Friday, November 11, 2016
A VETERAN'S THOUGHTS ON VETERANS DAY by ROBERT VAUGHAN
I stood at the top of the incline, looking toward the long, black wall, with the more than 58,000 names just a blur. I watched people moving slowly along the wall…from those too young to have any memory of the Vietnam war, to those people whose hair had been bleached white by the passing of too many years.
Sometimes there would be a couple of men staring at the wall, engaged in quiet conversation.
“I don’t believe Smitty ever bought a cigarette of his own.”
“No, but he was a good man. You needed somethin’ done, you could always count on Smitty.”
“Problem with him, he couldn’t keep his mouth shut. He was always talkin’ himself into trouble.”
“He only had three weeks ‘till his drop date when he was killed. Can you believe that? Three weeks.”
Ruth had gone to check in the book to help me locate some of my friends. They aren’t listed alphabetically, they are on the wall chronologically, according to when they were killed.
She came back with the names. The first name was Dan Lambdin. Dan and I were friends from Germany, in Vietnam at the same time, but not serving together. I found his name on the wall, and, as dramatically as if it were a scene change in a movie…the wall, the people around me, tone and tint, disappeared. I could hear the sound of rotor blades, I could smell jet exhaust, I could feel the oppressive heat of the flight line at Phu Loi, Vietnam.
Dan was in Vung Tau, and I had flown over from Phu Loi to deliver a helicopter. Dan’s roommate was gone, so he invited me to stay with him. We lay there that night, talking across the dark space between our bunks, remembering funny incidents from Germany, talking about what we had encountered in Vietnam.
“The first thing you have to do is to learn not to be afraid you’re going to be killed every time you go out,” Dan said. “You need to stop worrying about your mortality and think only about the momentary reality.”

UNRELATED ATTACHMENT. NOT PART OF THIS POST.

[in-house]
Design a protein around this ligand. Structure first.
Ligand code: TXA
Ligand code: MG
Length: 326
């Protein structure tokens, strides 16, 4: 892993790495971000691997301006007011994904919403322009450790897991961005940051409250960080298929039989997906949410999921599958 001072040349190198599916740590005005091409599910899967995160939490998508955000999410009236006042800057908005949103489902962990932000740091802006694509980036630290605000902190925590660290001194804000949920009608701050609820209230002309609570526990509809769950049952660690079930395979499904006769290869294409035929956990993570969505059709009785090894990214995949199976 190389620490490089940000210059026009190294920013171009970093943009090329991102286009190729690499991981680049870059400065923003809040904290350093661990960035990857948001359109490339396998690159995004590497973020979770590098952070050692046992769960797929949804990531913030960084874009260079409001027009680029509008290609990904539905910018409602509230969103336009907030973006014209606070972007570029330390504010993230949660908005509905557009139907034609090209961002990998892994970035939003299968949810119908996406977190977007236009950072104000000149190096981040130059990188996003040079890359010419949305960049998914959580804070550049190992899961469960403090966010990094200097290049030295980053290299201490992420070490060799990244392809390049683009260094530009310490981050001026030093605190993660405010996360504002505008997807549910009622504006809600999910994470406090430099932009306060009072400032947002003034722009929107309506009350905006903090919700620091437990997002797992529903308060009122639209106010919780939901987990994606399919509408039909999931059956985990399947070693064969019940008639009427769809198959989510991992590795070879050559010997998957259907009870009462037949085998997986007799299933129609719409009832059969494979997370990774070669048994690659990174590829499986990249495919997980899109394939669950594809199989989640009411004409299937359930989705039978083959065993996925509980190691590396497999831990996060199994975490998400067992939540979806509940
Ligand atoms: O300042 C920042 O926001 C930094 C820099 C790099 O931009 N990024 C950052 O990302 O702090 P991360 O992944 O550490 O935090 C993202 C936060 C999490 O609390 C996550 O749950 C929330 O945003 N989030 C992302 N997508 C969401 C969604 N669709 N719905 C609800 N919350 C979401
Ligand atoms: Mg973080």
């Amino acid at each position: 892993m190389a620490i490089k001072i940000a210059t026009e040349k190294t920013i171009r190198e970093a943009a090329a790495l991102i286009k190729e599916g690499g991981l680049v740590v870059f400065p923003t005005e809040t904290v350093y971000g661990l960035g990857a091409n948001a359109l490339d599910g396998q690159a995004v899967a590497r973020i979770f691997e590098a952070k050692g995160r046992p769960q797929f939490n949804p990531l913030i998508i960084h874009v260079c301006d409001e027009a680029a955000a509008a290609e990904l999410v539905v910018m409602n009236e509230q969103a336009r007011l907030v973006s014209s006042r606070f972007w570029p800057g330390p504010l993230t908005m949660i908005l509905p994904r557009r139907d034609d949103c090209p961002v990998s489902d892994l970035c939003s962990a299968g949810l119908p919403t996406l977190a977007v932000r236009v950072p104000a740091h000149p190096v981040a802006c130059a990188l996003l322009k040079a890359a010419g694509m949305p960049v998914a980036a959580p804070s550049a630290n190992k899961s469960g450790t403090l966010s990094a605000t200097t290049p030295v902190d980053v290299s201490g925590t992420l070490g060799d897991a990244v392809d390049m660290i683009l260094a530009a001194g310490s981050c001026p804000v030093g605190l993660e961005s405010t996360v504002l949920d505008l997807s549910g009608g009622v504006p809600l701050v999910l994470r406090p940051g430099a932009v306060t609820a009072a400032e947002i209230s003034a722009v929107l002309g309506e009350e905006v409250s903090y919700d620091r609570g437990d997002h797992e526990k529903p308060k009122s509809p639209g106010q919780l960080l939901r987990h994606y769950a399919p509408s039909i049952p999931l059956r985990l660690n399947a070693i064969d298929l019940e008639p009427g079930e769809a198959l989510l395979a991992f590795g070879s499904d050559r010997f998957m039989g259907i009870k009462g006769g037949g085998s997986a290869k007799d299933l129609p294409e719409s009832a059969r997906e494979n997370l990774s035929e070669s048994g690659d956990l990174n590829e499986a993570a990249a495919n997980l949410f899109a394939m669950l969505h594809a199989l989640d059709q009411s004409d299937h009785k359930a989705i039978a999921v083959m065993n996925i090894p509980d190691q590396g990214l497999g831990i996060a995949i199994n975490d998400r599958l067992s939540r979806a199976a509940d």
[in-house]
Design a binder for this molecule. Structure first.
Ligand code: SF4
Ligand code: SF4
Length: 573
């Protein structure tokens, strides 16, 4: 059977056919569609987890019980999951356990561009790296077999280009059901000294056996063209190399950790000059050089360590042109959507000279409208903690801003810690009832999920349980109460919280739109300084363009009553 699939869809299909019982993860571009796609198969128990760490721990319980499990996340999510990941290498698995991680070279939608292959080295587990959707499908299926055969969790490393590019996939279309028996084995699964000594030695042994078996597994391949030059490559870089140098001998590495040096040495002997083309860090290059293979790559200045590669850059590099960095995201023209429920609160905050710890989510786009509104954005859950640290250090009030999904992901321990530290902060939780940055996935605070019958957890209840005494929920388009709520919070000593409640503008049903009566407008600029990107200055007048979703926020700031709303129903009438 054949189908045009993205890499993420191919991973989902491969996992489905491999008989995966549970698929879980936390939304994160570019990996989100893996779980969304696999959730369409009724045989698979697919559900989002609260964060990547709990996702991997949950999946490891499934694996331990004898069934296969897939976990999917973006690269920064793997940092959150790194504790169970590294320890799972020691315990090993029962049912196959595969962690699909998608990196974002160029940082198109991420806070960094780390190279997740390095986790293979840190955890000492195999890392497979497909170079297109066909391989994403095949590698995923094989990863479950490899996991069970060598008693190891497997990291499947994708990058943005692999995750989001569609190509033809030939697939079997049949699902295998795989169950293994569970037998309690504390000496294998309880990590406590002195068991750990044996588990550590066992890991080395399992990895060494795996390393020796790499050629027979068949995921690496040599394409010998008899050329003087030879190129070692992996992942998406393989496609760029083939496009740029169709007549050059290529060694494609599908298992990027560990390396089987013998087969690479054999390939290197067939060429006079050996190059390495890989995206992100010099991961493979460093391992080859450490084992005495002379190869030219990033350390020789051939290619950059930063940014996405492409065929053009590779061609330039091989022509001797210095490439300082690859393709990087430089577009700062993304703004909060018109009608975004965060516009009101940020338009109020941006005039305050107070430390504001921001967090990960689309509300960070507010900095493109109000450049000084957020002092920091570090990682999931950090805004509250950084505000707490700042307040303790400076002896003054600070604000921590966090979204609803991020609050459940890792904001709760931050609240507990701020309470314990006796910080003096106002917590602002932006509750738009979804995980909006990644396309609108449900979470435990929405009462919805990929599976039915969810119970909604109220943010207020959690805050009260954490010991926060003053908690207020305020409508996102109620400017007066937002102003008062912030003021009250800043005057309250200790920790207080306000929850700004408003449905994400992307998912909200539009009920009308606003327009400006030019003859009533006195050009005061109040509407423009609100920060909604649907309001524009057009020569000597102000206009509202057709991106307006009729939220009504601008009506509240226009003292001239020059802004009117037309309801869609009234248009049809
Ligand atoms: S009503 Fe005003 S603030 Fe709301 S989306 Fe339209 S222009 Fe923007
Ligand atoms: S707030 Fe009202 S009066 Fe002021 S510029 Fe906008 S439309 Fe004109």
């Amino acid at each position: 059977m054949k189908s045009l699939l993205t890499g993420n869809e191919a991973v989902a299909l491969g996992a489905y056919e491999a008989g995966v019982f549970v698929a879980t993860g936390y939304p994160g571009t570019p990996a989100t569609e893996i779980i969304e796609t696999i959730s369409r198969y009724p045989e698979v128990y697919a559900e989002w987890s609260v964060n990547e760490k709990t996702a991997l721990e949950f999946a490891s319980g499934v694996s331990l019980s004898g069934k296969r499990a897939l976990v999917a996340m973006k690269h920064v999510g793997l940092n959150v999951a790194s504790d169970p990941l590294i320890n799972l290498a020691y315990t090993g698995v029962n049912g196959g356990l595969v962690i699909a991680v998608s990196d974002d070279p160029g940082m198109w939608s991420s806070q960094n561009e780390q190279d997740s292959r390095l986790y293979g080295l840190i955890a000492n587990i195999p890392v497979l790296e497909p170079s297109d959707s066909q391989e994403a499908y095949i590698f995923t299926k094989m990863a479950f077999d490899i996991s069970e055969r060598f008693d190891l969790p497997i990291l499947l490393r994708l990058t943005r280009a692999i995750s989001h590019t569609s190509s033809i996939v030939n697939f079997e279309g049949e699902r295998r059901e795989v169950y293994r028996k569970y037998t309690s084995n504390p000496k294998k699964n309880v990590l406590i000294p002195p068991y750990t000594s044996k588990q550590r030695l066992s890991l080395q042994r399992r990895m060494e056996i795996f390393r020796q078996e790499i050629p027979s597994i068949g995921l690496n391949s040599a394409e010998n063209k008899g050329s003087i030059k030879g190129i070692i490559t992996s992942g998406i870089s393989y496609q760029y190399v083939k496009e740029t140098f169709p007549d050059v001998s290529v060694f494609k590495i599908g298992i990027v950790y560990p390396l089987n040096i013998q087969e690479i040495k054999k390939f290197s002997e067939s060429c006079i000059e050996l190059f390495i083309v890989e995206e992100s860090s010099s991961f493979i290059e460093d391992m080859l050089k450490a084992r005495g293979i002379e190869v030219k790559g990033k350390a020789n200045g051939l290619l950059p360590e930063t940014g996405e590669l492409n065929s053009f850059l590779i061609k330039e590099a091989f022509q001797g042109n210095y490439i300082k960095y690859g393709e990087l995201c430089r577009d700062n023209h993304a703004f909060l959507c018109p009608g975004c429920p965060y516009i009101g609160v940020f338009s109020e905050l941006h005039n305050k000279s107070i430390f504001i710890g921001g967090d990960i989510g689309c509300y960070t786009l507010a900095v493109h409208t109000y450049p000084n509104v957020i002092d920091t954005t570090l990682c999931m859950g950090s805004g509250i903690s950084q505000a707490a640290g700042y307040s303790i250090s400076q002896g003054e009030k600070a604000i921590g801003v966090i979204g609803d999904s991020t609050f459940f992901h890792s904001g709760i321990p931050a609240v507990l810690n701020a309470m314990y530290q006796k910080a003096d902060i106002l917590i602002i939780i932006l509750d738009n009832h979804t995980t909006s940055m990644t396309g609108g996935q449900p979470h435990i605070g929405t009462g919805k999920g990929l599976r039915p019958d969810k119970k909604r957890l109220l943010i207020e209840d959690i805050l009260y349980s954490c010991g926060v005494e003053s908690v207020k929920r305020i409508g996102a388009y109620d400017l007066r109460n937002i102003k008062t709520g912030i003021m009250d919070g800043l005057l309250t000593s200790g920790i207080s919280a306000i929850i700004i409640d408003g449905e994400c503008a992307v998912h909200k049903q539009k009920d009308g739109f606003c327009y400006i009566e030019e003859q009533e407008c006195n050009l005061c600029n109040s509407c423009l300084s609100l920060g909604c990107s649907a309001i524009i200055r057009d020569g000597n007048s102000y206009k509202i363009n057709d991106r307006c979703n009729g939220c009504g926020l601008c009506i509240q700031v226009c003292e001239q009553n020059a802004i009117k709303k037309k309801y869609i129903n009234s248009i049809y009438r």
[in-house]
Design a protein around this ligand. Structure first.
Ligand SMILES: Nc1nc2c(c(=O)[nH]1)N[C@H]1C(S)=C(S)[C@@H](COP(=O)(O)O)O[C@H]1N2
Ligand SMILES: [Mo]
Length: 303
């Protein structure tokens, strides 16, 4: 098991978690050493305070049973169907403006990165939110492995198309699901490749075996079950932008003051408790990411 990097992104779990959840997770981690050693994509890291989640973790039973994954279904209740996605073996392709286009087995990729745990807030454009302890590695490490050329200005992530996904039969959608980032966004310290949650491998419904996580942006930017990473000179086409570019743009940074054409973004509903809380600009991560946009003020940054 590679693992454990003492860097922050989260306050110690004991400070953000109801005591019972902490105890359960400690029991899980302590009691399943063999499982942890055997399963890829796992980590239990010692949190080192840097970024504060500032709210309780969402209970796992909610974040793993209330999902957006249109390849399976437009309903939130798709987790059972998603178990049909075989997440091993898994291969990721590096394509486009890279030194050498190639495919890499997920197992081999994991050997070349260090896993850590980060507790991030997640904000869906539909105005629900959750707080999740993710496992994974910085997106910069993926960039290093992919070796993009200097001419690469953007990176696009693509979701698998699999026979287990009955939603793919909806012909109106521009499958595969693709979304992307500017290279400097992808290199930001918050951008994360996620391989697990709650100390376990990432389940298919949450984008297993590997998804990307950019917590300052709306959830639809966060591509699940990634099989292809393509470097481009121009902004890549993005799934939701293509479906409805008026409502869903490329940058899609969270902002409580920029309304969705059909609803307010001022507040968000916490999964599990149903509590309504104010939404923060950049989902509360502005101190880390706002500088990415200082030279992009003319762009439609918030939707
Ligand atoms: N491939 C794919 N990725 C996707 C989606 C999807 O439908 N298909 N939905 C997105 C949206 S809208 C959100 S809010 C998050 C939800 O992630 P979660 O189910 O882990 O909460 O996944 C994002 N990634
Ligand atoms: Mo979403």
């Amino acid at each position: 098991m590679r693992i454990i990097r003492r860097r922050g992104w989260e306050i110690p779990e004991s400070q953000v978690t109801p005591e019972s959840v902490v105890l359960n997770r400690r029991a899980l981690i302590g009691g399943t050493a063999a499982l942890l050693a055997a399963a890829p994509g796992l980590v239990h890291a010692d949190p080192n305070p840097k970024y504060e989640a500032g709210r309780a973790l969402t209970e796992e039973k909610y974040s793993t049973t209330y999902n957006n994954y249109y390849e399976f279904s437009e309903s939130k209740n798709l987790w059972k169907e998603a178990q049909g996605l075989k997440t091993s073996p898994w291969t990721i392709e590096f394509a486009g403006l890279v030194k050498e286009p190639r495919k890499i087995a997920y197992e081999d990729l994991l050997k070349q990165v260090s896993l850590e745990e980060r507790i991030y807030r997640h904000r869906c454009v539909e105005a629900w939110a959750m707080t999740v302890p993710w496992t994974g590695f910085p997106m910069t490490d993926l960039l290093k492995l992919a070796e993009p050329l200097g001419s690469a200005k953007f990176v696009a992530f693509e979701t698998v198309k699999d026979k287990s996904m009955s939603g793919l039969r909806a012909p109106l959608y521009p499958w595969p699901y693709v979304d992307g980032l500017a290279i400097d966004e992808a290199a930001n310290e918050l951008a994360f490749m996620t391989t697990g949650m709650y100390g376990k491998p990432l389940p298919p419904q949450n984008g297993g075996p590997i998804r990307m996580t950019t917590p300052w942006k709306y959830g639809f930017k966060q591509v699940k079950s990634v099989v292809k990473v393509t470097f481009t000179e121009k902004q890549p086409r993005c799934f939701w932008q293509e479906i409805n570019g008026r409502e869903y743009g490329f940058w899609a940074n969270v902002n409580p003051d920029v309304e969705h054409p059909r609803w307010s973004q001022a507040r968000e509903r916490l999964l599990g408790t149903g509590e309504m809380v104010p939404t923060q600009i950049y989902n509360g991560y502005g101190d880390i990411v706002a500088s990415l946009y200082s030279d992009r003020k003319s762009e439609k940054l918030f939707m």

But we wondered what it would be like to be killed. Are you aware beyond death? Where does your soul go?
“Ha! You better believe, I won’t be staying here,” Dan said with a chuckle.
The next day we went down to the airfield together. I was going to fly back to Phu Loi, and Dan was going to deliver a generator to a Special Forces “A-Team” unit near Binh Khat. We exchanged some off-color remark by way of goodbye, and went our separate way.
When I landed at Phu Loi, the line-chief, who had served with Dan and me in Germany, came over to tie down the aircraft. “Chief, did you hear about Mr. Lambdin?”
“What do you mean, hear about him? I just left him. Hear what?”
“He was just shot down and killed near Binh Khat. He was delivering a generator.”
“No,” I said. “That’s not possible!” I spoke those words while standing at the wall, but they reached back across the almost forty years that separated then from now in an instant.
Then, with my throat choked, and my eyes dimmed by tears, I continued my sojourn down the wall, putting my hands on 22 more names, feeling each of them, seeing them as the young, vibrant men I remembered. Looking around I saw that I wasn’t the only one traveling through time and that day. To me, my fellow time travelers were no longer old men with gray hair and drawn skin. They were young, and they were wearing jungle fatigues and flak vests, and they had M-16s slung over their shoulders, or .45 pistols strapped to their sides. Their eyes weren’t filled with tears…they were set in the ‘thousand yard stare’ that we all wore then.
VIETNAM REFLECTIONS by LEE TETER
I said one more goodbye to all my friends that day, then I walked away, leaving the wall behind me, but not the ghosts and memories. They will be with me until I cross that great divide. Vietnam was but three years out of my 76 years of life...but the impact those three years made on me is incalculable.
On this approaching Veterans Day I think not only of my Vietnam and Cold War peers, but of all 40 million who have served this country since its birth. We are one long line stretching through the battles that mark our history; Bunker Hill, New Orleans, Matamoros, Shiloh, Little Big Horn, San Juan Hill, The Marne, Iwo Jima, Chosin Reservoir, Ia Drang, Baghdad, and Fallujah, and I am proud to say that I am a brother to all of them.
Robert Vaughan - CW3 - US Army (ret)
All of us gave some…some gave all.
SOLDIER SEES DAUGHTER FOR THE FIRST TIME